Why the shipping industry is an interesting career choice
I used to work for a stock exchange for nearly 3 and half years after my B-School stint. Hence when I decided to shift to the shipping industry, quite a few eyebrows were raised. I myself wasn’t sure what I wasn’t walking into when I joined Maersk Line India Pvt. Ltd. (Part of AP Moller Group, Denmark) As part of their Global Leadership Program (MLGP) this year
However, nearly half a year in the firm, and I find the industry and extremely interesting one to work with. Quite a few myths were broken down as I settled down in the industry that is hardly known in B-School campuses in India, let alone people from other walks of life
First let me give a brief idea about the industry. Shipping can happen either in containers (the ones you see in Bollywood movies – used to carry apparels, automobiles in normal containers and food products like fruits or fish in air-conditioned ones- Maersk Line is into container shipping industry for example,) or in open large metal plates (known as break-bulk shipping – use to carry minerals, crude oil etc).
Let me list 5 aspects of the industry which makes it an interesting career proposition:
- The application of knowledge acquired in B-Schools
Mugged up those macro-economic books? Know everything about international trade? Discussed FDI in retail over cups of coffee? Well, if there an industry if you can apply all those you learnt, it is this industry. Which markets India should import from or export to? Which industries and which seasonality should one look at? The application of those economic and finance fundamentals and correlation with your daily work is what would define our work here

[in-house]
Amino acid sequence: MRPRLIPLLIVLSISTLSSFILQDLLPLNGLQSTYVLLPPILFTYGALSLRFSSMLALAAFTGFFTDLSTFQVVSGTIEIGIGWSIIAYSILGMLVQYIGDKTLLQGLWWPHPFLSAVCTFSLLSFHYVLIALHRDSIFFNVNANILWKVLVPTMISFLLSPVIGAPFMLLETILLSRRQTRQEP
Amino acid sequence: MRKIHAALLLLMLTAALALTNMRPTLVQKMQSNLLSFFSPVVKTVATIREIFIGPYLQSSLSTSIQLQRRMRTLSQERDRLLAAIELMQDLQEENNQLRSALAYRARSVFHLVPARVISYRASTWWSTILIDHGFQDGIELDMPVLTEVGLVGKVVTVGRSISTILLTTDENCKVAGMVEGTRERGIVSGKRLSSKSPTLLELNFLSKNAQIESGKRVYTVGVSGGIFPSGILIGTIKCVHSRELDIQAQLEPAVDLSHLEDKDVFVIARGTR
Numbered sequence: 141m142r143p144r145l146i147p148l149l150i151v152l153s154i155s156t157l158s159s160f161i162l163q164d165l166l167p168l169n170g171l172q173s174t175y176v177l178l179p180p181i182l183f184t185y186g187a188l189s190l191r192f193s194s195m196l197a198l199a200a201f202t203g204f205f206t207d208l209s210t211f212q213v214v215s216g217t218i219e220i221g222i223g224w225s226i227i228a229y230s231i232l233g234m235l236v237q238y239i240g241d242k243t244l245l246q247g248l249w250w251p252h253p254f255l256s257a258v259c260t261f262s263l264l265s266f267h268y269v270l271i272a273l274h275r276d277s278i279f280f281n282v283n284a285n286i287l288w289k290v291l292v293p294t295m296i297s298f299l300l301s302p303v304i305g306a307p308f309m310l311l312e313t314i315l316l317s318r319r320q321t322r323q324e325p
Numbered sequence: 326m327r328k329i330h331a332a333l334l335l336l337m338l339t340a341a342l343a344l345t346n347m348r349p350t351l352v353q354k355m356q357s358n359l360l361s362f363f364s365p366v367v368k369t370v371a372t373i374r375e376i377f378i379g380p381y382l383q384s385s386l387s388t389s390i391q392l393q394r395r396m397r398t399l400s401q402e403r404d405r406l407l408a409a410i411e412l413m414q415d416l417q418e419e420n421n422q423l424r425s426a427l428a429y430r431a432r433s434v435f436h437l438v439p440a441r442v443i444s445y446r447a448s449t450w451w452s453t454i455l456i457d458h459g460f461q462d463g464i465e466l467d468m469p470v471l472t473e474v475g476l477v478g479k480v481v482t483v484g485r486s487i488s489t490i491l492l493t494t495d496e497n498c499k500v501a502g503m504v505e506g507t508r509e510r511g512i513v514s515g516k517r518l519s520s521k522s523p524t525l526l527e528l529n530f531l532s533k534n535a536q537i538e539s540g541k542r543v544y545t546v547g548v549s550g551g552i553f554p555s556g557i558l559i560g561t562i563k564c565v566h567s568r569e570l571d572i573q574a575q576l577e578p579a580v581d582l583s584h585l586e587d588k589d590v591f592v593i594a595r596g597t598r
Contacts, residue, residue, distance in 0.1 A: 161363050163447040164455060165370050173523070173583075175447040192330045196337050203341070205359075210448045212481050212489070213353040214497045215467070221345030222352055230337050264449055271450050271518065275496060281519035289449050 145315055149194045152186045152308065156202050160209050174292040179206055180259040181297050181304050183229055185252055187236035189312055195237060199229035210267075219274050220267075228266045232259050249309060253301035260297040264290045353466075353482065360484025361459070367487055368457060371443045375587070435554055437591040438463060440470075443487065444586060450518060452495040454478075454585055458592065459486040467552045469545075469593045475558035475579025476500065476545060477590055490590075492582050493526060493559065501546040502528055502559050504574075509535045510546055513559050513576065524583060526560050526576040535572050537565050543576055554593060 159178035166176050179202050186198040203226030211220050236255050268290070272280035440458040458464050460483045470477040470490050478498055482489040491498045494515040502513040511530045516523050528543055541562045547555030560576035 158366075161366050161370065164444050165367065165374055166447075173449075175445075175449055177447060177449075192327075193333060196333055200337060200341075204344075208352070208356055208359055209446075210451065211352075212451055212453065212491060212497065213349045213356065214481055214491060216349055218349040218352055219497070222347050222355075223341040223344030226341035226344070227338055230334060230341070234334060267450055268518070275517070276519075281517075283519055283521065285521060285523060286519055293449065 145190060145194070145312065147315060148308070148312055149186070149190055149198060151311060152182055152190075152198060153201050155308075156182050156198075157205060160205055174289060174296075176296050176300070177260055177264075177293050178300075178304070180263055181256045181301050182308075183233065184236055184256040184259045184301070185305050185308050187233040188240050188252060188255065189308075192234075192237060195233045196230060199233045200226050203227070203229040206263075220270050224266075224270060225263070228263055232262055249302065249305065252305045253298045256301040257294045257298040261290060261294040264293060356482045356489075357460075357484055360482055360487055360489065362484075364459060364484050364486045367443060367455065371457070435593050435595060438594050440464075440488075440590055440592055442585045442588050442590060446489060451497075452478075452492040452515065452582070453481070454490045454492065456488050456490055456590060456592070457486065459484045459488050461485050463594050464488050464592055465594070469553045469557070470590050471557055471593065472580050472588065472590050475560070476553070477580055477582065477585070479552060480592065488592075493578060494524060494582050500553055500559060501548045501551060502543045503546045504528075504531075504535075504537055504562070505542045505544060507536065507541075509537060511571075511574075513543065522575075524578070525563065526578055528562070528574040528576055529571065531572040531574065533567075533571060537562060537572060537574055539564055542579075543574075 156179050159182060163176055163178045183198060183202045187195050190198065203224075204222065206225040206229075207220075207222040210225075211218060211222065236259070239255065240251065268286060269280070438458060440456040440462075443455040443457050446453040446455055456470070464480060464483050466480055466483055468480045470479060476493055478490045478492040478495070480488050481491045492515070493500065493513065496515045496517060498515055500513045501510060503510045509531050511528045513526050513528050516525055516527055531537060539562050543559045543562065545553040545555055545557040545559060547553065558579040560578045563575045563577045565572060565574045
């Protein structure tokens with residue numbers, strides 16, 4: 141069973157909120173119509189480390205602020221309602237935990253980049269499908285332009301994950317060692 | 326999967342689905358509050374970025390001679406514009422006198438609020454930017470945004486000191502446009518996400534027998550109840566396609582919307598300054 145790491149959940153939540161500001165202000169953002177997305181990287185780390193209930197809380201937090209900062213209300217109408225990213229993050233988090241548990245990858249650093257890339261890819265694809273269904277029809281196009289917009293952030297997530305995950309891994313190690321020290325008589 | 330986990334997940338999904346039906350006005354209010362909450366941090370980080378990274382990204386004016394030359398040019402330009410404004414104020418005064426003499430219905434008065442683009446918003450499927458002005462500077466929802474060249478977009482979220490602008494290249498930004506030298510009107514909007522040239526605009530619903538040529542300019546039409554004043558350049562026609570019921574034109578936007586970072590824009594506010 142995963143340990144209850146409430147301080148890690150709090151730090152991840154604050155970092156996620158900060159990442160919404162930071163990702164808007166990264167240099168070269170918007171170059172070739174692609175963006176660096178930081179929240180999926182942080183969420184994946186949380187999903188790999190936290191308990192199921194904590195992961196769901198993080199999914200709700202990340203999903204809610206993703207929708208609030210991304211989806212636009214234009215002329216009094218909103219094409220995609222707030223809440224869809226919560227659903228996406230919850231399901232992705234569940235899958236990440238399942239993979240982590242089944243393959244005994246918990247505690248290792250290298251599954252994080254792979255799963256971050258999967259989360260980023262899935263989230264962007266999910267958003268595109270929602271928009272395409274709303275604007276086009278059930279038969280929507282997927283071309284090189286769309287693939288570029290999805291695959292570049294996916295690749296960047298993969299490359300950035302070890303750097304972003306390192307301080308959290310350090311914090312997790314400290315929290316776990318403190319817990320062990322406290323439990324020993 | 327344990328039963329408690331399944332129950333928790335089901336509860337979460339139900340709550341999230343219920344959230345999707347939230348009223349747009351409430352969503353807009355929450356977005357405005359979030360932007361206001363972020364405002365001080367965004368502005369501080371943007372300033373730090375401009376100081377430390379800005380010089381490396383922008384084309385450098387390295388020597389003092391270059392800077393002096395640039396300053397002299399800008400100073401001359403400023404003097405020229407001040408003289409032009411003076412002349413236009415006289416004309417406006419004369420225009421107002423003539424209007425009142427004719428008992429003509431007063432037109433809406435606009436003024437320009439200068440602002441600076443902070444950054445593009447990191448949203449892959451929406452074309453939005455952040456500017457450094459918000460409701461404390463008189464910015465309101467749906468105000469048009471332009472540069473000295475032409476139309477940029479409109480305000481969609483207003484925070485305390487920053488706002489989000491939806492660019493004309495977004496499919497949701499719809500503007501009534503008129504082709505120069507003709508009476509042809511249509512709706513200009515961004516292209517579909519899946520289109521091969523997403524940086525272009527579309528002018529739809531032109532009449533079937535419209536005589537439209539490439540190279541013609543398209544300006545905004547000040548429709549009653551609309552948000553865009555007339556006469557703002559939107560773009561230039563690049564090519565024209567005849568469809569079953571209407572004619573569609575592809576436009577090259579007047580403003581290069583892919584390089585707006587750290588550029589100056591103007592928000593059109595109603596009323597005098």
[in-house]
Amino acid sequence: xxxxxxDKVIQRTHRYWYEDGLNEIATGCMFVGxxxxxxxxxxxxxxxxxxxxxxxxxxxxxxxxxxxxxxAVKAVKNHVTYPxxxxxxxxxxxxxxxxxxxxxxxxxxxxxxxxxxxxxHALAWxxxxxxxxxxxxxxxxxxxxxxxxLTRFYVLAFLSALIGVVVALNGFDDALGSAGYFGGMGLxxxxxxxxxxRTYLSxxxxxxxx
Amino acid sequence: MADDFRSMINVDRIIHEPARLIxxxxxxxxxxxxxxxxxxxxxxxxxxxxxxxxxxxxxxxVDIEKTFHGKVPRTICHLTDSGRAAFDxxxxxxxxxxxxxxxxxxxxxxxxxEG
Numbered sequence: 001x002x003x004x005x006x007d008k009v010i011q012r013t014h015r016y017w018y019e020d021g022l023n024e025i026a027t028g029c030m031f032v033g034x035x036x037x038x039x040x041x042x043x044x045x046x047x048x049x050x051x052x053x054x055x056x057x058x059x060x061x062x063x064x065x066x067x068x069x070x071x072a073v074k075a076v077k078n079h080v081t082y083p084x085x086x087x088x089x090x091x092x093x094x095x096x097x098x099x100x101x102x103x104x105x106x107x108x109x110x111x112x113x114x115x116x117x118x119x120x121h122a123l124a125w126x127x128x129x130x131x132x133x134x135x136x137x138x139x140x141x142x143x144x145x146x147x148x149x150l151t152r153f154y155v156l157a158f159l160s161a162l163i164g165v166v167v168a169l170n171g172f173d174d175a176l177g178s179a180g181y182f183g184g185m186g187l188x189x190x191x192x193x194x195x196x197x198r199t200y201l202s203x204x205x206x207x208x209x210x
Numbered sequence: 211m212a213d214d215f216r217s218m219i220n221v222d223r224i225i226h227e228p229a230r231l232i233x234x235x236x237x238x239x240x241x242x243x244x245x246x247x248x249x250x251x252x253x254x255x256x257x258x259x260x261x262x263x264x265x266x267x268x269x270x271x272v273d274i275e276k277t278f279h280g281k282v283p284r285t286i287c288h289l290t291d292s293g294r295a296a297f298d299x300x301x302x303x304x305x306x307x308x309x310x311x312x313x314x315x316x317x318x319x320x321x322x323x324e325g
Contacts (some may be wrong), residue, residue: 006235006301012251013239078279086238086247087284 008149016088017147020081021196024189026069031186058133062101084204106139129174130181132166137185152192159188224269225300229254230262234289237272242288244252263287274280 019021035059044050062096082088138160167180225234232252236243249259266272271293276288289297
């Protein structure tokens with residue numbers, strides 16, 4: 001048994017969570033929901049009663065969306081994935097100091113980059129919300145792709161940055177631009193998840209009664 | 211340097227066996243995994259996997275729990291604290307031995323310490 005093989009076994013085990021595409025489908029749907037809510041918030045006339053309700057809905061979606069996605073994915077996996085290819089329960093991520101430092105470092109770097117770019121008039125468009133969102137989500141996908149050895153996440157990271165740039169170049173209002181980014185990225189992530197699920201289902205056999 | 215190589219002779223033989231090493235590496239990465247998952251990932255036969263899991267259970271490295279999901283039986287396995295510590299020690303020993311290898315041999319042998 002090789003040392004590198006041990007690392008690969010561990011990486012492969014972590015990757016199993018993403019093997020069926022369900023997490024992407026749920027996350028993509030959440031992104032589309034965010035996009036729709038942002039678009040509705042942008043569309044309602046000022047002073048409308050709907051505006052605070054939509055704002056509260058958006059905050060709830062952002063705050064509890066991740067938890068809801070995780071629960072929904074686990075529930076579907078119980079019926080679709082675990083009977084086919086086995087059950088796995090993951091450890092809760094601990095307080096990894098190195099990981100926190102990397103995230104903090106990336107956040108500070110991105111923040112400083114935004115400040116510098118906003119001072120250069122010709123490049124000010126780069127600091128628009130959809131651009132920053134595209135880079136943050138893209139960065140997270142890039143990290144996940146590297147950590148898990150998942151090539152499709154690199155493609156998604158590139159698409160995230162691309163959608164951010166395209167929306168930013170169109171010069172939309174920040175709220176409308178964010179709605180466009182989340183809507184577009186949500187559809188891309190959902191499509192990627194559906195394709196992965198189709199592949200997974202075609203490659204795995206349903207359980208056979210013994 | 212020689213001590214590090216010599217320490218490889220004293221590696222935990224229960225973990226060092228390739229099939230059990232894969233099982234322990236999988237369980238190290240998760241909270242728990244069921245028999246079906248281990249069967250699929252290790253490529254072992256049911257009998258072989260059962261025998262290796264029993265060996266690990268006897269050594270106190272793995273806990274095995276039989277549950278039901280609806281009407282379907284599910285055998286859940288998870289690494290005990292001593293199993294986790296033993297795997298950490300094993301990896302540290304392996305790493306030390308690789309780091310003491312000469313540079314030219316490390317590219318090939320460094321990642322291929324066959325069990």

Photo taken by author – containerized cargo is being lifted by cranes from a vessel
- The people
Well, we do use a lot of gadgets at work– we have our iPads and Blackberries and Laptops, but at the end of the day, we work with our colleagues. And the shipping industry has perhaps the most diverse group of people working under the same umbrella organization. From people who work in ports, operating gigantic cranes to lift containers, to people who use the most sophisticated software to record data and keep it in a usable form, there are people with knowledge in wide range of human endeavor
- The depth and variety in the industry
In most industries in this world – you work either in the manufacturing or the service sector. Here is an industry where you can work in the two extremes – you can be in sales or customer services, or you can be in the frontline operations, giving details of vessels that leave or enter the ports and related technical information
The inside of a reefer container (temperature controlled, used to carry sea food etc) (photo by author)
- Chances of exciting global roles
Most of the big shipping firms are headquartered outside India, or have significant operations outside India. It means a good performance can lead to exciting roles, globally. And these would not be the usually “big economic hubs” like London or New York. But can include exotic places like Brazil, Central America, Western Africa and the Middle East. This also means an opportunity to work with, interact and know people from different cultures – exchange notes on food habits, arts, literature and lifestyle
- Responsibilities at young age and matching remuneration
The shipping industry is a very young industry. The average age across shipping companies and functions barely touches 30. Hence the responsibilities and ownership of business processes come early.
A young manager at work in the MLIPL office
However, the variety of roles, non-repetitive nature of work, opportunity to undertake interesting rotations and hands-on experience with a great mentor-buddy system means the industry rarely burns out people. Plus, a senior role at young age means good remuneration, bonuses and incentives, and subsequent low rates of attrition. It’s very difficult to come across people who have worked in the industry for less than 5 years
Overall, a very interesting career prospect indeed!